of souls. We would not by any means diminish
our shipping?it iB the lile-blood of all our vast
and varied industrial interests. But there are
still some things which may be done to reduce
the doings of death among our people.
We have the means and the power, an
plenty of men within call, to keep the streets
clean and free from the exhalations of ferment
ing tilth ; and if the Croton water is limited for
this object, there iB plenty of saltwater?which
is better?in our two great ocean rivers. We
may improve the condition of our docks and
wharves very much, by removing the dirt and
opening a freer passage for the water between
them. We may, with some little exertion, enlarge
the area and increase the means of ventilating
our market-houses. It is not absolutely impos.
sible to improve the quality of milk and provi.
sions of all kinds supplied to our citizens ; nor
do we consider it quite beyond our reach to
ameliorate the condition of the swarms ot the
poor and unfortunate who arc crowded into the
aforesaid unwholesome cellars, garrets, back
buildings, and narrow streets and alleys.
There is, certainly, one other paramount ob
ject which may be attained?a park, a grea
"central park-apair of wholesome lungs, for the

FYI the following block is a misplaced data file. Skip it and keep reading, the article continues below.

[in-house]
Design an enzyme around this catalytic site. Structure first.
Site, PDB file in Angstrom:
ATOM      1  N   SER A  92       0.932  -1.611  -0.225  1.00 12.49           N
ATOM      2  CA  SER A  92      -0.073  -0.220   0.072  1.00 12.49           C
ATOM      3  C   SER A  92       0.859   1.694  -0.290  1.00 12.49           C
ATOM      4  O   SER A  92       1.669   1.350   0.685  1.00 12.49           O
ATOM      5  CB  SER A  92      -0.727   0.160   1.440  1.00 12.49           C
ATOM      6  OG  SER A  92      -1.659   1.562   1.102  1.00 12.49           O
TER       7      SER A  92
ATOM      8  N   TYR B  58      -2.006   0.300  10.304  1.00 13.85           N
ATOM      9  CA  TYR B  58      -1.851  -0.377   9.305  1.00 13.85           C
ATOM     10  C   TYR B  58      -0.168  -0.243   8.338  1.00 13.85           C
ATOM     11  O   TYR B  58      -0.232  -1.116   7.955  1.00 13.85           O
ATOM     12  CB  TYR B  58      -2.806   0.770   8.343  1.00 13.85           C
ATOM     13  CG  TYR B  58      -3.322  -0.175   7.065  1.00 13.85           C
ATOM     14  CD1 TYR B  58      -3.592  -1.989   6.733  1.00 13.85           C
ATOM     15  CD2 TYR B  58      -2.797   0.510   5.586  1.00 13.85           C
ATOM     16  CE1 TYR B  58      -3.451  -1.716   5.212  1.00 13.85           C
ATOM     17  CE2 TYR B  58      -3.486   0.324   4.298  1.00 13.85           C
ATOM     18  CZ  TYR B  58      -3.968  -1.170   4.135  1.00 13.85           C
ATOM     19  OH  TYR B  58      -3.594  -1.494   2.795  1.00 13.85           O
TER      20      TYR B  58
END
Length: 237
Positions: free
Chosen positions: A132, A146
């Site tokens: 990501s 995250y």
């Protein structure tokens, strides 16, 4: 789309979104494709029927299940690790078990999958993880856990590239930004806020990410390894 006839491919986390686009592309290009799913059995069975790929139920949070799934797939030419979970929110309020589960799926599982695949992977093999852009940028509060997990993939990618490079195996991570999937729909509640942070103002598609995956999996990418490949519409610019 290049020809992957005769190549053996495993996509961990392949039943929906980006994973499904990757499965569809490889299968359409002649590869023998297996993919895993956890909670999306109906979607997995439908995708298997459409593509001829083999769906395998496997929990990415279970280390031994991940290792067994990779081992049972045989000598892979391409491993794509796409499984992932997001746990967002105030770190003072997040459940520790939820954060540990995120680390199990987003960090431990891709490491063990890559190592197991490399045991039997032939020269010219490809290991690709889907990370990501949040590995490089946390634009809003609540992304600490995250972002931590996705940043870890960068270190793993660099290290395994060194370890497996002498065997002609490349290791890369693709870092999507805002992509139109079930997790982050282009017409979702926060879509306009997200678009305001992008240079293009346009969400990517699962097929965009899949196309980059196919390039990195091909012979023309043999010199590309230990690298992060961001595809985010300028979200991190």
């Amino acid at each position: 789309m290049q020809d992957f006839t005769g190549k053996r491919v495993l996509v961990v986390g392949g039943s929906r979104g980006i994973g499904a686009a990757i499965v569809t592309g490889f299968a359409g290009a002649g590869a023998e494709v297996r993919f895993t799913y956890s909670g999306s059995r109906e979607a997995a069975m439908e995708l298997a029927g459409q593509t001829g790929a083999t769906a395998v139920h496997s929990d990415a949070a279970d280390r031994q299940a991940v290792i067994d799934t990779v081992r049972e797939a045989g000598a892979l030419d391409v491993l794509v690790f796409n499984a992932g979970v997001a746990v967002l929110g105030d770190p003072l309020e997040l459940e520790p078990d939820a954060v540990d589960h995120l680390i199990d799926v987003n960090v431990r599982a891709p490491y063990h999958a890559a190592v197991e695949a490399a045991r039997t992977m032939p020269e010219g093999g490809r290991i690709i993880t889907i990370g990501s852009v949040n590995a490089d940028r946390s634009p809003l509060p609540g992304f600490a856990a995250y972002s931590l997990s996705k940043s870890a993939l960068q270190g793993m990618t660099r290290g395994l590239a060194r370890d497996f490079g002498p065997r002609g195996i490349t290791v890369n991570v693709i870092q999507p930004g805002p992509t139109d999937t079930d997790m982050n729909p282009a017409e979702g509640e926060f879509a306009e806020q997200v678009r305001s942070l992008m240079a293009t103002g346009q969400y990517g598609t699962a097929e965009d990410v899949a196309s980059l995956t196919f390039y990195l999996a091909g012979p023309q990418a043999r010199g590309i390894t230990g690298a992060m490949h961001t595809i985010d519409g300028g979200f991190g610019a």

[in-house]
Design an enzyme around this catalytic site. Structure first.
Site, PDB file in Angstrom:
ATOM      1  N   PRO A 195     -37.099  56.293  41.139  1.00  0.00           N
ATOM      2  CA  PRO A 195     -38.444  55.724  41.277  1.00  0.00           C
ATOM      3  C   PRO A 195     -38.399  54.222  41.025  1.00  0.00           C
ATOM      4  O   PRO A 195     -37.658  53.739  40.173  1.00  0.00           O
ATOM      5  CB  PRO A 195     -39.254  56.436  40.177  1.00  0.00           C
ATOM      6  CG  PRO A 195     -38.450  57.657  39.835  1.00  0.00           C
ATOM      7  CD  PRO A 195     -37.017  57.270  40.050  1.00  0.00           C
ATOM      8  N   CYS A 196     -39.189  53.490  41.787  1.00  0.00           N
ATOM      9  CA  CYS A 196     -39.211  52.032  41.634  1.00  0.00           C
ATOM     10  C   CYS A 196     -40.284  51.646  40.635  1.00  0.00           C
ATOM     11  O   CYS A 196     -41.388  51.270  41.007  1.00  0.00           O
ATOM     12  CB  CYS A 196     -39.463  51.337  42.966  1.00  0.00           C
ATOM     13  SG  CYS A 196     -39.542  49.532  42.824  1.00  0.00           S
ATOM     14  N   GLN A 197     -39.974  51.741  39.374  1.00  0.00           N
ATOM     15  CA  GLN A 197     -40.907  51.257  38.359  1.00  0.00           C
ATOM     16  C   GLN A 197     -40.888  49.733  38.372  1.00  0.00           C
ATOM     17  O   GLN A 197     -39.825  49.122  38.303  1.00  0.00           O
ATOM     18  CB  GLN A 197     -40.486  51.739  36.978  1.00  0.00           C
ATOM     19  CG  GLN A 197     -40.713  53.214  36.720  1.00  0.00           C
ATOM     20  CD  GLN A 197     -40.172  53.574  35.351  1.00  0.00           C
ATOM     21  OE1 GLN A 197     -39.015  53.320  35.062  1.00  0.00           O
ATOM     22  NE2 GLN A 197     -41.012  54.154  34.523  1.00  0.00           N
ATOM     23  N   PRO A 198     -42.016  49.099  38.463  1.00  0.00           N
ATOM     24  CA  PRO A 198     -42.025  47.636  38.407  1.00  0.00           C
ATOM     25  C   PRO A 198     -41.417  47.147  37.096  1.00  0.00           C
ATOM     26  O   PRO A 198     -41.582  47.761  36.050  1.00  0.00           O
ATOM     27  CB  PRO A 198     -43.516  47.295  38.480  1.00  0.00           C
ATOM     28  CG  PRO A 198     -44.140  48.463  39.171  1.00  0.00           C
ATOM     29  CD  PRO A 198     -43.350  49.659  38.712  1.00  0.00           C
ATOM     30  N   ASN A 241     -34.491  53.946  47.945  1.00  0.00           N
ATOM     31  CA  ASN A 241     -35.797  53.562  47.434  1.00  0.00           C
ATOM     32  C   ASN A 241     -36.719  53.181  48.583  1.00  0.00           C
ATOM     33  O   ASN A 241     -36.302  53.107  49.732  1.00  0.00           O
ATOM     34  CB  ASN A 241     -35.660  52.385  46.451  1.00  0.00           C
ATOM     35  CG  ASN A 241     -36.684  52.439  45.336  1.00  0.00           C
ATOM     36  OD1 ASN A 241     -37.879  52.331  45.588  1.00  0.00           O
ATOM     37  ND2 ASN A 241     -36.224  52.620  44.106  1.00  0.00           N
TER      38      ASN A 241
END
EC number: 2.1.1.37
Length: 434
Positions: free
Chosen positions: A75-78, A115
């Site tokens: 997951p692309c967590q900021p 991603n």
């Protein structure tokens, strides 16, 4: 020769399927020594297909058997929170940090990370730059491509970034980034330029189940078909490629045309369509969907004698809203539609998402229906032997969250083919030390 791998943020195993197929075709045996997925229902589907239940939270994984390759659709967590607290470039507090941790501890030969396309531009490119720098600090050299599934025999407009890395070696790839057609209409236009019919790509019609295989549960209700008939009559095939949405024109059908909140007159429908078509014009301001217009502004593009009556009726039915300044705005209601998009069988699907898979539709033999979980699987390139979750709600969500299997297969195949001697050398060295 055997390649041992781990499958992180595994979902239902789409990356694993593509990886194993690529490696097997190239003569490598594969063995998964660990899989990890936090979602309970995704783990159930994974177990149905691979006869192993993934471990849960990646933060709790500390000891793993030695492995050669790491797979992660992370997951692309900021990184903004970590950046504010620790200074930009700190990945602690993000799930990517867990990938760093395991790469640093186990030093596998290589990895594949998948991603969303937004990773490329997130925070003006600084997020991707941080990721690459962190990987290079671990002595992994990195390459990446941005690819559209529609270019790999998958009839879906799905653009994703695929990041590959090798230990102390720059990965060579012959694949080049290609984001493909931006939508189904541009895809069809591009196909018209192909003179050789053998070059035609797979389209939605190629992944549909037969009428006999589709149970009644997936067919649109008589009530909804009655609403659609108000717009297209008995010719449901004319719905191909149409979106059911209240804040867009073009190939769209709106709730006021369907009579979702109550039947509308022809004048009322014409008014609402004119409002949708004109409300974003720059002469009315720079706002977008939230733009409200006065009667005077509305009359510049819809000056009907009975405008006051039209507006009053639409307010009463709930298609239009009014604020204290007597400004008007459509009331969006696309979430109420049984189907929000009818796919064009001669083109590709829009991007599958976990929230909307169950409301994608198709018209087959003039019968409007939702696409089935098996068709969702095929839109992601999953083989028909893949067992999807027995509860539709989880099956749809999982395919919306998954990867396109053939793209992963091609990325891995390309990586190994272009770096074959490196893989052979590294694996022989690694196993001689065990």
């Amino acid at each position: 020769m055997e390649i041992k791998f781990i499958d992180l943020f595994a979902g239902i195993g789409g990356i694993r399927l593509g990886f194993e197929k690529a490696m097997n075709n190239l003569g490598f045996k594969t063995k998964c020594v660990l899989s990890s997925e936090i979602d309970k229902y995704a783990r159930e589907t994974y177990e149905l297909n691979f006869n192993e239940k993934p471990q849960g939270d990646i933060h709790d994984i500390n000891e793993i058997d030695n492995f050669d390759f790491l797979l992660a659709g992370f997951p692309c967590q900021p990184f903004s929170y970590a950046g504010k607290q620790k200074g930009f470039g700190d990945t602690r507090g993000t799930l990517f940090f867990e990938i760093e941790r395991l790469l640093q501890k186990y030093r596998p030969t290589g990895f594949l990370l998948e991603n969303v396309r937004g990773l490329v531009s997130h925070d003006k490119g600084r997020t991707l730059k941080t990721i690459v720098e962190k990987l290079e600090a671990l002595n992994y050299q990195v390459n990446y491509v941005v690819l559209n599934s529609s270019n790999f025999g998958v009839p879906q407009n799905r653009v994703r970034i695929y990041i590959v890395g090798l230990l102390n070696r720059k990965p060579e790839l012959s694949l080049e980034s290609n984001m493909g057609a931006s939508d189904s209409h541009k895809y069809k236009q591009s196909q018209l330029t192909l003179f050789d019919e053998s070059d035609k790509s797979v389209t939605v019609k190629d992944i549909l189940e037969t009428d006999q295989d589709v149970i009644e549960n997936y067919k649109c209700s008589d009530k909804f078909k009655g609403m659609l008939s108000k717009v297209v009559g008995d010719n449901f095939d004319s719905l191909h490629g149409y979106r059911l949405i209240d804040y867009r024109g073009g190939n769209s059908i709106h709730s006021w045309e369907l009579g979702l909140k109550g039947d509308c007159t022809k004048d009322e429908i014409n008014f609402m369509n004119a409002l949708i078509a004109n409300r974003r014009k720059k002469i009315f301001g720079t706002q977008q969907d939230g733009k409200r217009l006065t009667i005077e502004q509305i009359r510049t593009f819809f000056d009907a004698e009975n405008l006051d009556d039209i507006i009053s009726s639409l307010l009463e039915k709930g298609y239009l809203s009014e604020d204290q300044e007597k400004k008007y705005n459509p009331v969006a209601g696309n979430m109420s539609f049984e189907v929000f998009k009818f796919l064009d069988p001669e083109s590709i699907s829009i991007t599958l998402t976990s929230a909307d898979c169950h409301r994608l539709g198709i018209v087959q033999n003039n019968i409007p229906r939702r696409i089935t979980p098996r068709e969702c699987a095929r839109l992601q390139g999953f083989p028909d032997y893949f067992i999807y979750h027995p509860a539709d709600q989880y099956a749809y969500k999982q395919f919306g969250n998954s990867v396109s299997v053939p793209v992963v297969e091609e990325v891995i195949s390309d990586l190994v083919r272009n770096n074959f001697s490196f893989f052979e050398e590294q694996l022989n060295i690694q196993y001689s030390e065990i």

purpose of supplying that amount of fresh air
required by a million of people. In J h'ladel"
phi a such a park is not bo much needed, though
it Is needed In every great city; but here, where
the masses of the people are shut off from the
country by an intervening river on either hand,
and by populous cities beyond these rivera, a
great central park is absolutely indispensable.
Time is precious. Bricks and mortar and mas
sive buildings are extending northward, from
shore to shore. Our legislators must act soon,
or the whole island will be choked up with
brick walls. Of all the expedients we have
suggested for improving the sanitary condition
of New York, we know of nothing so essential,
and bo well calculated to pay a perpetual divi
dend in health to our people, attractiveness to
our city, and in the reduction of vice, ami
crime, and disease and death, as that great cen
tral park. Oh! ye city lathers, contemplate
our bills of mortality, and look to the cleansing
of this dirty corporation ! Oh! ye legislators ,